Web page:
What is Big Think?  

We are Big Idea Hunters…

We live in a time of information abundance, which far too many of us see as information overload. With the sum total of human knowledge, past and present, at our fingertips, we’re faced with a crisis of attention: which ideas should we engage with, and why? Big Think is an evolving roadmap to the best thinking on the planet — the ideas that can help you think flexibly and act decisively in a multivariate world.

A word about Big Ideas and Themes — The architecture of Big Think

Big ideas are lenses for envisioning the future. Every article and video on bigthink.com and on our learning platforms is based on an emerging “big idea” that is significant, widely relevant, and actionable. We’re sifting the noise for the questions and insights that have the power to change all of our lives, for decades to come. For example, reverse-engineering is a big idea in that the concept is increasingly useful across multiple disciplines, from education to nanotechnology.

Themes are the seven broad umbrellas under which we organize the hundreds of big ideas that populate Big Think. They include New World Order, Earth and Beyond, 21st Century Living, Going Mental, Extreme Biology, Power and Influence, and Inventing the Future.

Big Think Features:

12,000+ Expert Videos


Browse videos featuring experts across a wide range of disciplines, from personal health to business leadership to neuroscience.

Watch videos

World Renowned Bloggers


Big Think’s contributors offer expert analysis of the big ideas behind the news.

Go to blogs

Big Think Edge


Big Think’s Edge learning platform for career mentorship and professional development provides engaging and actionable courses delivered by the people who are shaping our future.

Find out more

Debt Crisis Reveals Obama's True Shakespearean Nature

August 4, 2011, 2:12 PM

Having enjoyed this recent Big Think video, in which drama critic Ben Brantley is asked to name a Shakespearean character that Obama closely resembles, I've been giving the question a little thought myself. Brantley’s answers are illuminating but, as he admits, not completely satisfying. He mentions Richard II—“a man who is perhaps politically naïve, a man who is perhaps too cerebral for the world of sordid politics”—but concedes that Obama is a better leader than the outrageously incompetent Richard. I'd add that none of Richard’s personal qualities—his fatalism, his vanity, his theatricality—seem appropriate for “No Drama Obama.” (Although it would be hilarious to see the President sit on the floor in despair in the middle of a summit.)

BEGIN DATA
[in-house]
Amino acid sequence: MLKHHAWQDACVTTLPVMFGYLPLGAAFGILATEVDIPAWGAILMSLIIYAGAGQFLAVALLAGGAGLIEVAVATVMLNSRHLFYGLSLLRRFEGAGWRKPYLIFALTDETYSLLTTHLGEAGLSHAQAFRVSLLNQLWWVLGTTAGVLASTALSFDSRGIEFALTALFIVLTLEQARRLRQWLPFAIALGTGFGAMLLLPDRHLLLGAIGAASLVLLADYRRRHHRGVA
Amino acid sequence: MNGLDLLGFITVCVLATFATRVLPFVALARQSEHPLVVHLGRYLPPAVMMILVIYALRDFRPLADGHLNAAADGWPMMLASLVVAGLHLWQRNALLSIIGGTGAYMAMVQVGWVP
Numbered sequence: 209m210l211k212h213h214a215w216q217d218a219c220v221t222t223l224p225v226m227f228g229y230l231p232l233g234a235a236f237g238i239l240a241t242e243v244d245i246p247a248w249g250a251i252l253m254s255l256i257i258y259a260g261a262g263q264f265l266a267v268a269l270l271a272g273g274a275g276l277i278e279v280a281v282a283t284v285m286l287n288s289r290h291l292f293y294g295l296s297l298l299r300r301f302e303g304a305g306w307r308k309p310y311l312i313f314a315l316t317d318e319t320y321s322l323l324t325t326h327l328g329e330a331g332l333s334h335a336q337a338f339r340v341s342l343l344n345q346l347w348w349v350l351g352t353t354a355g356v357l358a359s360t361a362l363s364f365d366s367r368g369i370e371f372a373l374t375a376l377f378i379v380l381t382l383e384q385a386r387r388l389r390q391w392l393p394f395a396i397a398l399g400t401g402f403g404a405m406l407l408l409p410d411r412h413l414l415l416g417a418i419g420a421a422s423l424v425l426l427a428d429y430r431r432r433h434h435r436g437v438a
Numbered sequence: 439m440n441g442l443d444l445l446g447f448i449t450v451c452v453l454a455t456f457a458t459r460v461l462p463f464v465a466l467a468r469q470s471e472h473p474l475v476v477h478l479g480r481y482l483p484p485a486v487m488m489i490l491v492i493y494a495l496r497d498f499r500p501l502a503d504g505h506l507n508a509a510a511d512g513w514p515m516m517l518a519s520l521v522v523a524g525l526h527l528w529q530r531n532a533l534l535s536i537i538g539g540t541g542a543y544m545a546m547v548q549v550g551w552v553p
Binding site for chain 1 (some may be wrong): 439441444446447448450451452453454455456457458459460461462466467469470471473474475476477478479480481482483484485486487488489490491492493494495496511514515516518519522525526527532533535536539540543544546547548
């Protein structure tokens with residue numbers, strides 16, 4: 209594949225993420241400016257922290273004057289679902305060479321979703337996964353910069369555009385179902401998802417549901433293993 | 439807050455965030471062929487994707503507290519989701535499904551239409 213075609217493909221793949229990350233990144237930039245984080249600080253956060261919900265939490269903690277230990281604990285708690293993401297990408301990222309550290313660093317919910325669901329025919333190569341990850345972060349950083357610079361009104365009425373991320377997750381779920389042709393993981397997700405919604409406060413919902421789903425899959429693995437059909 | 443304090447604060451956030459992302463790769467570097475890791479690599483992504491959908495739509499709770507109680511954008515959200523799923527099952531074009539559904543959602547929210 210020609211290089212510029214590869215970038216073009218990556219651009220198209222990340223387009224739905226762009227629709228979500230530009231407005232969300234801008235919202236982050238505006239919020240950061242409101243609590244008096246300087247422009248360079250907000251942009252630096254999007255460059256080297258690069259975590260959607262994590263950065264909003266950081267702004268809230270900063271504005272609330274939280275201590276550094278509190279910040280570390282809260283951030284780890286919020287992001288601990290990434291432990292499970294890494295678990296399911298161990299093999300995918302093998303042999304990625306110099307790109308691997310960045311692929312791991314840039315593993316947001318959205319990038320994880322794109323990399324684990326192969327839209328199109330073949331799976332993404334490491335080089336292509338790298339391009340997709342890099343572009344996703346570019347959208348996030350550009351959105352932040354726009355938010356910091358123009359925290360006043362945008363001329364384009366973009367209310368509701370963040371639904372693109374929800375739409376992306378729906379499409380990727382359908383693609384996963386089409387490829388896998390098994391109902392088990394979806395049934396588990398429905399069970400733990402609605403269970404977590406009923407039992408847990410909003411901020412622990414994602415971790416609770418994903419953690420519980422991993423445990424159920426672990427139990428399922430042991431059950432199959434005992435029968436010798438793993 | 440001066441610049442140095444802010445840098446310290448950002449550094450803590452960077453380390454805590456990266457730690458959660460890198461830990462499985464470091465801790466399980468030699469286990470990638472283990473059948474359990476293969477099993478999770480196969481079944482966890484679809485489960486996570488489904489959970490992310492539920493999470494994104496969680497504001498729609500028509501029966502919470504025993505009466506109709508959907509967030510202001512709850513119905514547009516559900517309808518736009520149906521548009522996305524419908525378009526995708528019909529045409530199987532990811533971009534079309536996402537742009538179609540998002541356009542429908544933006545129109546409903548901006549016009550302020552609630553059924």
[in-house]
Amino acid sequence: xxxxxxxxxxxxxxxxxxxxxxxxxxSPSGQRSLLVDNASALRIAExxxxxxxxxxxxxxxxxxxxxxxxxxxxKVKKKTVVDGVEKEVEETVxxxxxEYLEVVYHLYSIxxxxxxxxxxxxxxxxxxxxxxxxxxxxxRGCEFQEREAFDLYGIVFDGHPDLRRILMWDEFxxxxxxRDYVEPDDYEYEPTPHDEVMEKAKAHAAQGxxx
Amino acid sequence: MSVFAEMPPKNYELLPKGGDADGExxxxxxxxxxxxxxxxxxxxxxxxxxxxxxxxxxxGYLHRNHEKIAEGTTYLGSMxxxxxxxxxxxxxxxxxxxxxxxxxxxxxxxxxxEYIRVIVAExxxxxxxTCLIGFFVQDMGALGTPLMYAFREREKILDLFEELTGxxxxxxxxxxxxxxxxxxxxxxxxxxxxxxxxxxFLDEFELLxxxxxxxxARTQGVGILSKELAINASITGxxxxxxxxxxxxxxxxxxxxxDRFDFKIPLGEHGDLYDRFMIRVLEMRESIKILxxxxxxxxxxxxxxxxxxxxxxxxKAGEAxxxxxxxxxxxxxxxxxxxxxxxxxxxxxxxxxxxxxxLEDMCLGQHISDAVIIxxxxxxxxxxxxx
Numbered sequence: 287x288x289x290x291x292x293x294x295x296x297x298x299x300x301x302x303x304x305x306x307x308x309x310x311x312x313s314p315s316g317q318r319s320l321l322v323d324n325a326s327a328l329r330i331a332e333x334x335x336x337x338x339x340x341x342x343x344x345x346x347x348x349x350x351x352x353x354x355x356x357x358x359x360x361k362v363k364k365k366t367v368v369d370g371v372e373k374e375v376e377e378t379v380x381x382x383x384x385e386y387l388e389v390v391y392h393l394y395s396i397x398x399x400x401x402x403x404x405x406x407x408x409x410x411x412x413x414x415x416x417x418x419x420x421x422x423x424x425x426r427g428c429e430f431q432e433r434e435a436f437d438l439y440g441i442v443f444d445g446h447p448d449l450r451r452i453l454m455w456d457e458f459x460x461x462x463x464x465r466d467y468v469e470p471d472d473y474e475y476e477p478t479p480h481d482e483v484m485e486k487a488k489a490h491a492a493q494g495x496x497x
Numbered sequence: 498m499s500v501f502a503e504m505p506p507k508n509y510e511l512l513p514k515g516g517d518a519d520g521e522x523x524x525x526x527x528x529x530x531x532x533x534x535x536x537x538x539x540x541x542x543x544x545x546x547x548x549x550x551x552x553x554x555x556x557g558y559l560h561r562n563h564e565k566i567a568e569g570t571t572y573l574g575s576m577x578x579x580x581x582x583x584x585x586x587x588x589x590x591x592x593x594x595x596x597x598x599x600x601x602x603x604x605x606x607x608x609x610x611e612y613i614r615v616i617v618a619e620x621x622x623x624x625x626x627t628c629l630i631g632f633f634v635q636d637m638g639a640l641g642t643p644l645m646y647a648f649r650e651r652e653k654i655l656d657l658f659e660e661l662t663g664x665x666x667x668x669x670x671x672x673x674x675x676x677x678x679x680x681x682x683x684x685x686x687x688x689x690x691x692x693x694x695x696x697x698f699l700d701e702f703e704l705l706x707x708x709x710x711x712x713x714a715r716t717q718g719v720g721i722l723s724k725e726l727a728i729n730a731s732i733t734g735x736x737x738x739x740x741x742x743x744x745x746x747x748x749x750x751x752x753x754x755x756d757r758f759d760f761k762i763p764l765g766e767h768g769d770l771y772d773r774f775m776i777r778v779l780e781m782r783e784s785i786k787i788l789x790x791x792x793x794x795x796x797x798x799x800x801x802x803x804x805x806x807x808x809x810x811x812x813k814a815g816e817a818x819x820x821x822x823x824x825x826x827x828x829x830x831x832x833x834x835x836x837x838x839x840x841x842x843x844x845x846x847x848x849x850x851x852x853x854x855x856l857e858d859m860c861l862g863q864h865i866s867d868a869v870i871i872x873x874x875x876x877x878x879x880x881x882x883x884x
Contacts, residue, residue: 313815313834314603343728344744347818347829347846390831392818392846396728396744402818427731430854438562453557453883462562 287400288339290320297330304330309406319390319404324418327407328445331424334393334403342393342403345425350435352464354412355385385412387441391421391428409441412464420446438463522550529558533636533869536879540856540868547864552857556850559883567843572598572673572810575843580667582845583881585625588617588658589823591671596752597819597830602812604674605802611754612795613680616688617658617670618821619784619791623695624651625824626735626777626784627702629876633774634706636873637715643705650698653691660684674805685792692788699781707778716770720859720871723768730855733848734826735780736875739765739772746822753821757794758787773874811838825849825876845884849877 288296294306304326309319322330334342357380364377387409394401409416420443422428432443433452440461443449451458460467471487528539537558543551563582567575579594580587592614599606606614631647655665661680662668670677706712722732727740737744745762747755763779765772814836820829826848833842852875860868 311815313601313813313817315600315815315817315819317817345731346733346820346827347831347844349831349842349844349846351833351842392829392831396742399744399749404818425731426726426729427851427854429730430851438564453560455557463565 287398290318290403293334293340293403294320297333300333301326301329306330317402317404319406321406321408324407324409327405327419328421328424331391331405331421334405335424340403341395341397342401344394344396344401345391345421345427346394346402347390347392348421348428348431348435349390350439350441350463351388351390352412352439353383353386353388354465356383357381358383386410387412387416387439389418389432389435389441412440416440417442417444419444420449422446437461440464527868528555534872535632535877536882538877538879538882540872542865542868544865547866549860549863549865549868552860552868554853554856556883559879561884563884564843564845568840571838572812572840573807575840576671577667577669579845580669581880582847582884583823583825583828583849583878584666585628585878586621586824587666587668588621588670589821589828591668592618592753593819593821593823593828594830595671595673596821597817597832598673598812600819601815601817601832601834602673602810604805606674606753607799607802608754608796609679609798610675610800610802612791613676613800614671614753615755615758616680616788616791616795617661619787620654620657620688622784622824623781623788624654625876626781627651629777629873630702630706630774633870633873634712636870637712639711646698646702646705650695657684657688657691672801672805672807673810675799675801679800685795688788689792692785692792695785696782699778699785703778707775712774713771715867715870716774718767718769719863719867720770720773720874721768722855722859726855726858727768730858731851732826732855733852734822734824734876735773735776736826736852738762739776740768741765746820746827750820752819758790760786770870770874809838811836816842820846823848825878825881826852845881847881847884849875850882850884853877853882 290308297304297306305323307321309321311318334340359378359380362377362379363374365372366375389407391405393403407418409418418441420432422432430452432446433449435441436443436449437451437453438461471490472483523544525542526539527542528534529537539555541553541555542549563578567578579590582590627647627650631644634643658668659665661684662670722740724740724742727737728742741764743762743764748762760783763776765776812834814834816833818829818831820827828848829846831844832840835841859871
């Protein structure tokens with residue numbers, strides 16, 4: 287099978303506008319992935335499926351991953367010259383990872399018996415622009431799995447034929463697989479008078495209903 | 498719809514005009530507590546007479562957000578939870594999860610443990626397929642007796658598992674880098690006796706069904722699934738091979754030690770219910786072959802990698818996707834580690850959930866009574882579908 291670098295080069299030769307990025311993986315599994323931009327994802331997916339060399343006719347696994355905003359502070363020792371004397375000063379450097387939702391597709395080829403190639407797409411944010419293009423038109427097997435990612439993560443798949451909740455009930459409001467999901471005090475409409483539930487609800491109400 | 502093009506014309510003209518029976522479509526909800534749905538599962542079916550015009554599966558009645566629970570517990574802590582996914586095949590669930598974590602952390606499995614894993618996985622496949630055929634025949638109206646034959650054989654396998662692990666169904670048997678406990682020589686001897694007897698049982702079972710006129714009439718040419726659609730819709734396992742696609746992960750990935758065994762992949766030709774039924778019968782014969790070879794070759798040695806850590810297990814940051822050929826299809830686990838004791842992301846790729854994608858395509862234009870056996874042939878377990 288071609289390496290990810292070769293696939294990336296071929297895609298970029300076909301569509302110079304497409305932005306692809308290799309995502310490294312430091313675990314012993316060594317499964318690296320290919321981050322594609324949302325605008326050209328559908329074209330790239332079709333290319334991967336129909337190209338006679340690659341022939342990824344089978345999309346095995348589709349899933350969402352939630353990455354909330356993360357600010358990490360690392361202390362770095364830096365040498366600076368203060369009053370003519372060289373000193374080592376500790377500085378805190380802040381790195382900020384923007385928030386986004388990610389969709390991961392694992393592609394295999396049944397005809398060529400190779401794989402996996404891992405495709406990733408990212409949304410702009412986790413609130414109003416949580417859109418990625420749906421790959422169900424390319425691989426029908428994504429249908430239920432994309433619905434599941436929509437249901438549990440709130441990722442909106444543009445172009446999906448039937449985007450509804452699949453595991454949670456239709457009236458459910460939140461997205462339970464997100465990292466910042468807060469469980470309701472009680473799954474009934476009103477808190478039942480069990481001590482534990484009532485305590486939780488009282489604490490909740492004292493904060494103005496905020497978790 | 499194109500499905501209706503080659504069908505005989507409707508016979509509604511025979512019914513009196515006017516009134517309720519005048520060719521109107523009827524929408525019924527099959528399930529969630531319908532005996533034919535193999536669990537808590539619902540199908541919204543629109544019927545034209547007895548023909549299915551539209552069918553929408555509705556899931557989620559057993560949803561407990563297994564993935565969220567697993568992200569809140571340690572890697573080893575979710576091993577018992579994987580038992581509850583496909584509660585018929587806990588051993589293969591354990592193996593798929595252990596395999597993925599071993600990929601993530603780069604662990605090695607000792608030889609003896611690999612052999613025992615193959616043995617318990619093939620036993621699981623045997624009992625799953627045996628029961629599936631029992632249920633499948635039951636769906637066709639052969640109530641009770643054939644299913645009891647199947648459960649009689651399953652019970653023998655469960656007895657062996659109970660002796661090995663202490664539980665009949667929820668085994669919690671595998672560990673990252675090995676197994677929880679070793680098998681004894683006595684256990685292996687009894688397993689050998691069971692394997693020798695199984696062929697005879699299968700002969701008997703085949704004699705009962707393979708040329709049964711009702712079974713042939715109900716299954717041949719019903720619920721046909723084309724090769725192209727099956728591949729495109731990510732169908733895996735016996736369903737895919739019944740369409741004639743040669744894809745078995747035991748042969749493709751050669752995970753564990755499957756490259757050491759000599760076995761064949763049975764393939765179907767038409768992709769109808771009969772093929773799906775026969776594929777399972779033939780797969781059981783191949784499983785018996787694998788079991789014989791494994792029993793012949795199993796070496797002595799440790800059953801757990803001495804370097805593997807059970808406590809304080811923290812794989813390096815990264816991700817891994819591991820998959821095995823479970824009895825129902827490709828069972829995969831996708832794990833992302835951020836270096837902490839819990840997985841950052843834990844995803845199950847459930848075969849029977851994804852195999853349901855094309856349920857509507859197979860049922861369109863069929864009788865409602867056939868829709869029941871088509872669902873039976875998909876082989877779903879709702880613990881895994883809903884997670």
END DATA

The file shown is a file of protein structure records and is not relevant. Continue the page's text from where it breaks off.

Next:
Brantley also suggests Hamlet, a more plausible parallel. Like the prince, Obama is extremely intelligent but sometimes overly deliberate. He shows occasional flashes of withering sarcasm; he also carries the burden of a dead father’s legacy. But for better or for worse, he’s no longer the rebellious younger man he once was, even to some extent as a candidate. And again, Hamlet has a kind of flamboyant fatalism—a “doom-eagerness,” as Harold Bloom likes to call it—that doesn’t square well with the generally optimistic Obama.

I would say it’s been a while since the President’s given us the kind of oratory that would justify a Mark Antony comparison. And an Othello comparison would be glib at best: apart from having had to grapple with minority status in their respective societies, the two men—fortunately—have little in common.

But once all the debt ceiling madness got resolved, in no one's favor, the answer finally hit me. In retrospect, it was obvious: Obama, these days, is the Prince in Romeo and Juliet. Remember him? The guy who was nominally in charge of Verona, and was always stepping in too late to stop brawls between the Montagues and Capulets? The one who stood so far above the fray that he was often invisible? The one whose rhetoric could be commanding—


                   What, ho! you men, you beasts,

That quench the fire of your pernicious rage

With purple fountains issuing from your veins,

On pain of torture, from those bloody hands

Throw your mistemper'd weapons to the ground,

And hear the sentence of your moved prince.


—but whose results left something to be desired? (After the speech above, the prince orders the heads of the two families to confer with him separately: an approach as bipartisan as Obama's, and apparently, just as effective.)

Obviously this little allegory would make the American people Mercutio, yelling “A plague on both your houses” at the two major parties. Or maybe we’re the fish in Pericles, “hang[ing] in the net like a poor man’s right in the law.” Or, hell, just the groundlings at the Globe, watching the tragedy unfold and trying not to puke up our crackers and ale. Readers, feel free to offer other suggestions. Other Shakespearean Obama comparisons are welcome, too.


Debt Crisis Reveals Obama's...

Newsletter: Share: